At a glance
- The time-honored recommendation for lowering the risk of stone formation is to increase oral fluid intake to two or more liters per day.
- Most patients with kidney stones complain of intermittent pain that can be correlated with stone migration. Nonobstructive stones produce no symptoms.
- NSAIDs are usually recommended for analgesia, but these agents can further progression of renal failure through vasoconstrictive mechanisms.
Approximately 12% of males and 5% of females will develop at least one episode of symptomatic nephrolithiasis by the seventh decade of life. Moreover, 7-10 of every 1,000 hospital admissions have been attributed to kidney stones.
How do stones form?
Stone formation usually begins when normally soluble materials, such as calcium and oxalate,
supersaturate the urine and form crystals. Over time, the crystals aggregate and these aggregations grow into stones. This process usually occurs at the distal portions of the tubule, specifically at the collecting ducts.
Calcium phosphate crystals, thought to originate in the medullary interstitium, make their way to the renal papillae. The result is “Randall’s plaques,” which serve as a nidus for further deposition of crystals.1
Other stones are composed of magnesium ammonium phosphate (struvite), calcium carbonate apatite, or a combination of the two. Known collectively as struvite stones, they are usually associated with UTIs due to such urease-producing organisms as Proteus or Klebsiella. The urease causes the formation of ammonia and an alkaline urine.
Uric acid stones require increased uric acid concentration and an acid urine. Low urine volume also predisposes to uric acid stone formation.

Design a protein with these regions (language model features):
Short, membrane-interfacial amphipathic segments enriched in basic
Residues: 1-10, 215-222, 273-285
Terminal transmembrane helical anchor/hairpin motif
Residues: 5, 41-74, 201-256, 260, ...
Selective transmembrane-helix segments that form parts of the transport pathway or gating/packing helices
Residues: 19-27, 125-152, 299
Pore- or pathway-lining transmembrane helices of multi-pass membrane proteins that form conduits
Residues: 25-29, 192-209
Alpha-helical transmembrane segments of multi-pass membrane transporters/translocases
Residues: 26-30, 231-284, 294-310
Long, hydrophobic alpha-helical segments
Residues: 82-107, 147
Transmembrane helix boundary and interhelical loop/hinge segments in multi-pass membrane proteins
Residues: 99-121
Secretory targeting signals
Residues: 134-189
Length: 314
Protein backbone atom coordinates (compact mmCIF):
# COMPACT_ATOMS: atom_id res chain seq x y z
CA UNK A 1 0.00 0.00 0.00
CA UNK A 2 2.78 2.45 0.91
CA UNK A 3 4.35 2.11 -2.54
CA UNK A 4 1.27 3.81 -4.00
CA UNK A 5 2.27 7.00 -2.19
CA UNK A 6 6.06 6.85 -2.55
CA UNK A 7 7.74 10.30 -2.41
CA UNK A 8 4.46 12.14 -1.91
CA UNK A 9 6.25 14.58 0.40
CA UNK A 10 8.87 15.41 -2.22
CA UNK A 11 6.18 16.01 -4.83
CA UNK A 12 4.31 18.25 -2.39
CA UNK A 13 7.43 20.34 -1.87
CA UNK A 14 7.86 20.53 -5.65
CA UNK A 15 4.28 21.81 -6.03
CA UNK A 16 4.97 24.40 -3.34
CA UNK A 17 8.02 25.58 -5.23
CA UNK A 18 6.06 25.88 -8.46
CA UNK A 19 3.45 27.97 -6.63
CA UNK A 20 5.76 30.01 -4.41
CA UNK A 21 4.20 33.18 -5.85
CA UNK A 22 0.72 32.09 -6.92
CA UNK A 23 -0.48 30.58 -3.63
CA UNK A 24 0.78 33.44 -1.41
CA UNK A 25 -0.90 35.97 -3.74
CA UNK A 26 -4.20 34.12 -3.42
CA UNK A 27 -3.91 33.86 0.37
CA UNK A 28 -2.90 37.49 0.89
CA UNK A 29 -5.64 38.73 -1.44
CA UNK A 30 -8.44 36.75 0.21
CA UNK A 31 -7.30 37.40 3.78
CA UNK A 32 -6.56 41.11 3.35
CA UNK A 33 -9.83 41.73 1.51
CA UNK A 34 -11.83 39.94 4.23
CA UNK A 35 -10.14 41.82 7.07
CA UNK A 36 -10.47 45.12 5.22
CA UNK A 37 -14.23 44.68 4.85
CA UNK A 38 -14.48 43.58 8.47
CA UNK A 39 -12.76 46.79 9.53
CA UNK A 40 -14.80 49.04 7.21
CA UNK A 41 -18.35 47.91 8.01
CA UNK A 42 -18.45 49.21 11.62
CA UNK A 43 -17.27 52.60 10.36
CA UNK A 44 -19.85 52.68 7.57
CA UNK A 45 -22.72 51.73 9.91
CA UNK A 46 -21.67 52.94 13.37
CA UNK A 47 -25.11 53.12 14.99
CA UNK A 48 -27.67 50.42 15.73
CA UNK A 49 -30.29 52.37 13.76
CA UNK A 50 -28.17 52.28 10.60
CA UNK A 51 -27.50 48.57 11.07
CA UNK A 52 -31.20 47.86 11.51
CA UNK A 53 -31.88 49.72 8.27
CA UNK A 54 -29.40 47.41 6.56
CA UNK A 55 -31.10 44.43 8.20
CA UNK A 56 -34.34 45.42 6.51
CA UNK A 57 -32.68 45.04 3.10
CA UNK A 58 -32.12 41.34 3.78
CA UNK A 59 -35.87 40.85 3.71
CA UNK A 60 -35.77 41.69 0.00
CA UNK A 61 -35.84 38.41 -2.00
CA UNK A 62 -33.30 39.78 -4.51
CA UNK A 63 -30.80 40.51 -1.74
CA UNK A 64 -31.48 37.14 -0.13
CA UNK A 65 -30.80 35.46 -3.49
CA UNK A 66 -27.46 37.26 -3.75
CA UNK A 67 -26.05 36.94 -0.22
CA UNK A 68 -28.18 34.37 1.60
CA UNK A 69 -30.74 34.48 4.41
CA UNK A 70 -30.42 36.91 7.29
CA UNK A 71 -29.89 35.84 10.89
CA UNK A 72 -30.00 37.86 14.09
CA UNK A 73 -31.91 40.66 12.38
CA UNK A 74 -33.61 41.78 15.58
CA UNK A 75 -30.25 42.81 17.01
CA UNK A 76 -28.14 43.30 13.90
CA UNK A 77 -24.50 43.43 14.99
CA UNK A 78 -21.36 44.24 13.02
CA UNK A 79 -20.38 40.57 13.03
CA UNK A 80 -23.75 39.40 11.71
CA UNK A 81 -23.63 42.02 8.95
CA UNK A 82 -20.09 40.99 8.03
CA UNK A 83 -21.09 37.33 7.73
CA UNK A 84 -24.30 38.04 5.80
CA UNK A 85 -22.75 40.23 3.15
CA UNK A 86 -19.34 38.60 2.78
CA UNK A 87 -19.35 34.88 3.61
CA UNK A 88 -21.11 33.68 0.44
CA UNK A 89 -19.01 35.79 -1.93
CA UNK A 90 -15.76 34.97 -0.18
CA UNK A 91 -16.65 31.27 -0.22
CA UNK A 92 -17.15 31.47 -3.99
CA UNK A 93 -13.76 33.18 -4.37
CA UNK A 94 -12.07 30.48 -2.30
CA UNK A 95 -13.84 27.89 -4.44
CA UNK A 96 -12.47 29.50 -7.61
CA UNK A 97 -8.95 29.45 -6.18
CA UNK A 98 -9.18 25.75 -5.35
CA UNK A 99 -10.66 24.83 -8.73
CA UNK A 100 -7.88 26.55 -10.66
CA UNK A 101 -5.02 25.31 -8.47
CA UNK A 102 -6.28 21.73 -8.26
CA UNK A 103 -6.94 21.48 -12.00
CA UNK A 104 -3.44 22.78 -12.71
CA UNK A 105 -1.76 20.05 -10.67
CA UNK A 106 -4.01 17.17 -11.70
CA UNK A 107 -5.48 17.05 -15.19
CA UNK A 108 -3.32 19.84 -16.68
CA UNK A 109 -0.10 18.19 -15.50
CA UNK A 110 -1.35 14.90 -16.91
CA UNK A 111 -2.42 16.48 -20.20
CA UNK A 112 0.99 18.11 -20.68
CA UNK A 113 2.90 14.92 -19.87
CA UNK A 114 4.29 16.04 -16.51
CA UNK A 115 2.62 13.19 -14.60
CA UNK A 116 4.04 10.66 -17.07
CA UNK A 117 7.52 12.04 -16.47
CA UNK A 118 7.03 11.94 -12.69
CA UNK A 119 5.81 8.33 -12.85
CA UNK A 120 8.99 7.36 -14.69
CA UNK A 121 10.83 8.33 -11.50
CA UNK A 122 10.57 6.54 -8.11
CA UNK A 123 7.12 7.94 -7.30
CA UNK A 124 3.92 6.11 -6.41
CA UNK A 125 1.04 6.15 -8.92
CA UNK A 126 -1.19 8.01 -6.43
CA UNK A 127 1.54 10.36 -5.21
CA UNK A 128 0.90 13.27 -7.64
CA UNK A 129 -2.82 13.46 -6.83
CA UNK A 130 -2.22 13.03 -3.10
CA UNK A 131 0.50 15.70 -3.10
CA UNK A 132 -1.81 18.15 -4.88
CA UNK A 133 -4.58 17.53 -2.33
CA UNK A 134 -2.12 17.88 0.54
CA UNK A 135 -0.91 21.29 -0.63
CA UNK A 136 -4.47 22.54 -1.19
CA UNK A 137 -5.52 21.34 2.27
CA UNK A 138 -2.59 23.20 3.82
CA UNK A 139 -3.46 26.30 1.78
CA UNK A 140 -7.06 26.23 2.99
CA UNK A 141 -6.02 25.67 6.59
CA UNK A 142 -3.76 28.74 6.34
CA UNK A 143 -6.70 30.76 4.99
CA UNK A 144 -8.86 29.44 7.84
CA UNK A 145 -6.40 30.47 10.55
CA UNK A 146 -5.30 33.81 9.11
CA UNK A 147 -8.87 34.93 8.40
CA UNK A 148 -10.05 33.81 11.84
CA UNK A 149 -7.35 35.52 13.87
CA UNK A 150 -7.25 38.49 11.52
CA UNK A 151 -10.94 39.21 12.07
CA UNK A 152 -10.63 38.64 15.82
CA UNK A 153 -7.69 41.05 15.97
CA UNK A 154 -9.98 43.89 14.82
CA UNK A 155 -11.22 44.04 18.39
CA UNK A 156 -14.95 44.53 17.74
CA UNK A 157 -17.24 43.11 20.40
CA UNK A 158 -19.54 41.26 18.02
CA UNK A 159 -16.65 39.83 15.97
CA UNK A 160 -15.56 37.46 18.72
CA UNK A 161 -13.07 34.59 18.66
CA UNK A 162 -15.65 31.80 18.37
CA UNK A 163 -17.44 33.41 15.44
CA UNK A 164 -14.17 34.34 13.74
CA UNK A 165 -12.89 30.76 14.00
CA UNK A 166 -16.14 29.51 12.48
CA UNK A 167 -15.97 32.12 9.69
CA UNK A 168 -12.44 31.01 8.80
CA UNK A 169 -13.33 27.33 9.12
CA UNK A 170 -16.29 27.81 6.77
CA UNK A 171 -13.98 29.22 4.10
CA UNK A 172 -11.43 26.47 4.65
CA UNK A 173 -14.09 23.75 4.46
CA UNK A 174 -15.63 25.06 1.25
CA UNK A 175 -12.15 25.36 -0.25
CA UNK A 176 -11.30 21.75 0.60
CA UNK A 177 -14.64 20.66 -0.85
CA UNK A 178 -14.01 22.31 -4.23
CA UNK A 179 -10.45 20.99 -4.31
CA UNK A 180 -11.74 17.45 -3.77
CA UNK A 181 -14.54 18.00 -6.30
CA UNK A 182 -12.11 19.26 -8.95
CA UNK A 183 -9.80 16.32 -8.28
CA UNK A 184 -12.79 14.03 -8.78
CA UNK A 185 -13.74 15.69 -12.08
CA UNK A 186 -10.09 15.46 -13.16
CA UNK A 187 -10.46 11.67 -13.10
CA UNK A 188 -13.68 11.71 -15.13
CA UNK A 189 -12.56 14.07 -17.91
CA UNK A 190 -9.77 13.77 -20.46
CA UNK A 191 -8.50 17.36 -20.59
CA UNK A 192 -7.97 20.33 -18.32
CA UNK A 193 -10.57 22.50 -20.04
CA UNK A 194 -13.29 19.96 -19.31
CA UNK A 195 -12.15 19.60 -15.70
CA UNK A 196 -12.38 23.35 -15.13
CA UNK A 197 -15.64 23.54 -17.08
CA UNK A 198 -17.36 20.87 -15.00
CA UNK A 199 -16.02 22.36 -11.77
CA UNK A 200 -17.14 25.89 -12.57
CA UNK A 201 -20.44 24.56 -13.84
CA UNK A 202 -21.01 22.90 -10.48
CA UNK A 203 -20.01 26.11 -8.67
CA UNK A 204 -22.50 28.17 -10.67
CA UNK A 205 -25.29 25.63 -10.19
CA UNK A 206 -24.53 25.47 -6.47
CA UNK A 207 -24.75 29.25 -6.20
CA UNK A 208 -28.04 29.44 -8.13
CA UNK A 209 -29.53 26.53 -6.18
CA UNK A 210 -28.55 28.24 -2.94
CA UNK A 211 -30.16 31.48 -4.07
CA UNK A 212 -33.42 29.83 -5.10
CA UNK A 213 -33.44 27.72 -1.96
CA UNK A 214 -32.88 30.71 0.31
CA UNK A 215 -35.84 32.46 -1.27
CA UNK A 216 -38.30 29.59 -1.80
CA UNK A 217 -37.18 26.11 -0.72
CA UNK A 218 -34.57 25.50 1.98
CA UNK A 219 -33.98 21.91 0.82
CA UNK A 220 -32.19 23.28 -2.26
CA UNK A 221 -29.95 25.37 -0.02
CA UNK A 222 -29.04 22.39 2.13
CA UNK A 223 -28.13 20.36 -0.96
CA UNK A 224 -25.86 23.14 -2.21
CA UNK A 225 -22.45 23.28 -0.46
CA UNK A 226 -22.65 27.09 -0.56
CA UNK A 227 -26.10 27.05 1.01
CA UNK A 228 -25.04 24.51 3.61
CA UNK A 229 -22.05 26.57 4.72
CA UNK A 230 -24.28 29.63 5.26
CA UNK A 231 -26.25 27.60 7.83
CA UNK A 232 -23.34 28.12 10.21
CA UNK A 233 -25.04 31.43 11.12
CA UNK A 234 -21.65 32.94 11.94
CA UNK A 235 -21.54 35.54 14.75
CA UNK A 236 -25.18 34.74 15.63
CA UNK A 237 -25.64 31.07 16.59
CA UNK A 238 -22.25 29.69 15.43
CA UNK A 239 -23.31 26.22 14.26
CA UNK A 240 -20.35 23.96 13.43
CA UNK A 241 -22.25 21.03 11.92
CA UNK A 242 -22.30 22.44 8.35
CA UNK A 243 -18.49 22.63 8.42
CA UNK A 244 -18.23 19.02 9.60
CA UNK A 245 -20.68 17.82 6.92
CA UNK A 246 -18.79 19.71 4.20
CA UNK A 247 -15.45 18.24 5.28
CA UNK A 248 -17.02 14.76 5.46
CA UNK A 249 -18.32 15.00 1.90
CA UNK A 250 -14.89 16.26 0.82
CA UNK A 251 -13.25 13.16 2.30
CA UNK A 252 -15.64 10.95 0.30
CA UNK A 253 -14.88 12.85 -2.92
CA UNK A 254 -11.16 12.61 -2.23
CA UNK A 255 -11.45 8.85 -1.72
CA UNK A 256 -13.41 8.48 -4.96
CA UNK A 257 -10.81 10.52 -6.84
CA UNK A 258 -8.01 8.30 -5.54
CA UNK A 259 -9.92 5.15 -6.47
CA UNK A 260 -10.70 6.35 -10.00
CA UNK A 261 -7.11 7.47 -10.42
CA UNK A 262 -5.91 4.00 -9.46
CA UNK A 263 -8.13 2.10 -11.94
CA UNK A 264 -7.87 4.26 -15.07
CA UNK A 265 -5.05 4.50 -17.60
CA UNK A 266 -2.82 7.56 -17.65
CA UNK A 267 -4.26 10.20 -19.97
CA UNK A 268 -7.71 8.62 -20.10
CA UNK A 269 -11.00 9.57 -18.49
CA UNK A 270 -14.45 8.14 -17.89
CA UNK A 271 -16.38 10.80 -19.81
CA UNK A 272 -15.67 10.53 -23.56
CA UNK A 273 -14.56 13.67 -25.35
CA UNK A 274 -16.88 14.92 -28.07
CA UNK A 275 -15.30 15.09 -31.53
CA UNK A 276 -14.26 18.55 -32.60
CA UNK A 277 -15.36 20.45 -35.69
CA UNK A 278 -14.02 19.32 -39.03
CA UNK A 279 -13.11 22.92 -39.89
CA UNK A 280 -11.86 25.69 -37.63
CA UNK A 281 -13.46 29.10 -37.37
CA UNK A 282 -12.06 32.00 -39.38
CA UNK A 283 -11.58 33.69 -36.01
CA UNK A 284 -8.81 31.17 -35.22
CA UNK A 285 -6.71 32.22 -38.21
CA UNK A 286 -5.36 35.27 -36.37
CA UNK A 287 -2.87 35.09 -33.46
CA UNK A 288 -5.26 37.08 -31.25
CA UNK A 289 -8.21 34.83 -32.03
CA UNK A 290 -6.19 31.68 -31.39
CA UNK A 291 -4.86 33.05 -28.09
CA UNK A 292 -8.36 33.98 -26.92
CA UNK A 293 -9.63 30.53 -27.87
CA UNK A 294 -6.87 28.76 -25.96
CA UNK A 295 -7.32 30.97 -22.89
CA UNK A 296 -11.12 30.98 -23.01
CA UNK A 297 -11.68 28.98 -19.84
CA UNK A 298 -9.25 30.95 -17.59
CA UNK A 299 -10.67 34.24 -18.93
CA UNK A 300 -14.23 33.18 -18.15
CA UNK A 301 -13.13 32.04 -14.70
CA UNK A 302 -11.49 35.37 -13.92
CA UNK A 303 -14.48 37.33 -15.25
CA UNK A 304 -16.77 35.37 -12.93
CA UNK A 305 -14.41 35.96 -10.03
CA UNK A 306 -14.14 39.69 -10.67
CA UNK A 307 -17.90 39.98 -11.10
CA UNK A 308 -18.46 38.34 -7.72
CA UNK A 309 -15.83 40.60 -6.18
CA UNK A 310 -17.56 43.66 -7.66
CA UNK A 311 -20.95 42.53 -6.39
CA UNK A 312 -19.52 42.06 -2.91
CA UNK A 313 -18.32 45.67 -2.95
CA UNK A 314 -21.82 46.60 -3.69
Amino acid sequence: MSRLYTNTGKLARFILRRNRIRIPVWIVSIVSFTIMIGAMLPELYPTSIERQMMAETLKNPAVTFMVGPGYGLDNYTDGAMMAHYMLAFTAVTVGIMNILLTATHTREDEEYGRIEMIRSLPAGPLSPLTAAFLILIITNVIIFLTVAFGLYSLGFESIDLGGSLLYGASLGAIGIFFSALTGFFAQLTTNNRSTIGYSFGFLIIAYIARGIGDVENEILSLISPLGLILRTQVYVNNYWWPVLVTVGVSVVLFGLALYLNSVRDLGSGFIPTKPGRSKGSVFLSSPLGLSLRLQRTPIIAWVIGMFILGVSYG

What puts patients at risk?
Several irreversible risk factors are known to influence the rate of stone formation, including age, gender, race, and family history. For example, the rate of stone formation increases with age, and the incidence of stones is higher in whites than it is in blacks.
Interestingly, there is significant regional variation in the prevalence of stones in the United States. The highest prevalence has been demonstrated in residents of the southeastern states, as compared with those in the mid-Atlantic and northwestern states.2 These geographical differences may provide clues to potentially reversible risk factors, such as fluid consumption and diet.3 A list of risk factors, both reversible and irreversible, appears in Table 1.
The time-honored recommendation for lowering the risk of stone formation is to increase oral fluid intake to two or more liters daily. The goal of this approach is to increase urine flow rate and decrease urine solute concentration; both mechanisms prevent stones. In warmer climates, dehydration secondary to inadequate fluid intake increases the acidity and concentration of urine, thereby promoting stone formation.3
The high consumption of certain fluids, such as colas (soft drinks) and tea, in southeastern states has been linked to increased incidence of stones.3 On the other hand, alcohol and coffee consumption (lower in southeastern states) was negatively associated with stones. Other studies have found the association between kidney stones and coffee, tea, and alcohol variable and inconsistent. Although the exact mechanism remains unknown, grapefruit juice consumption has been linked to increased risk of stones. But vitamin C supplementation had a negative association with kidney stones.3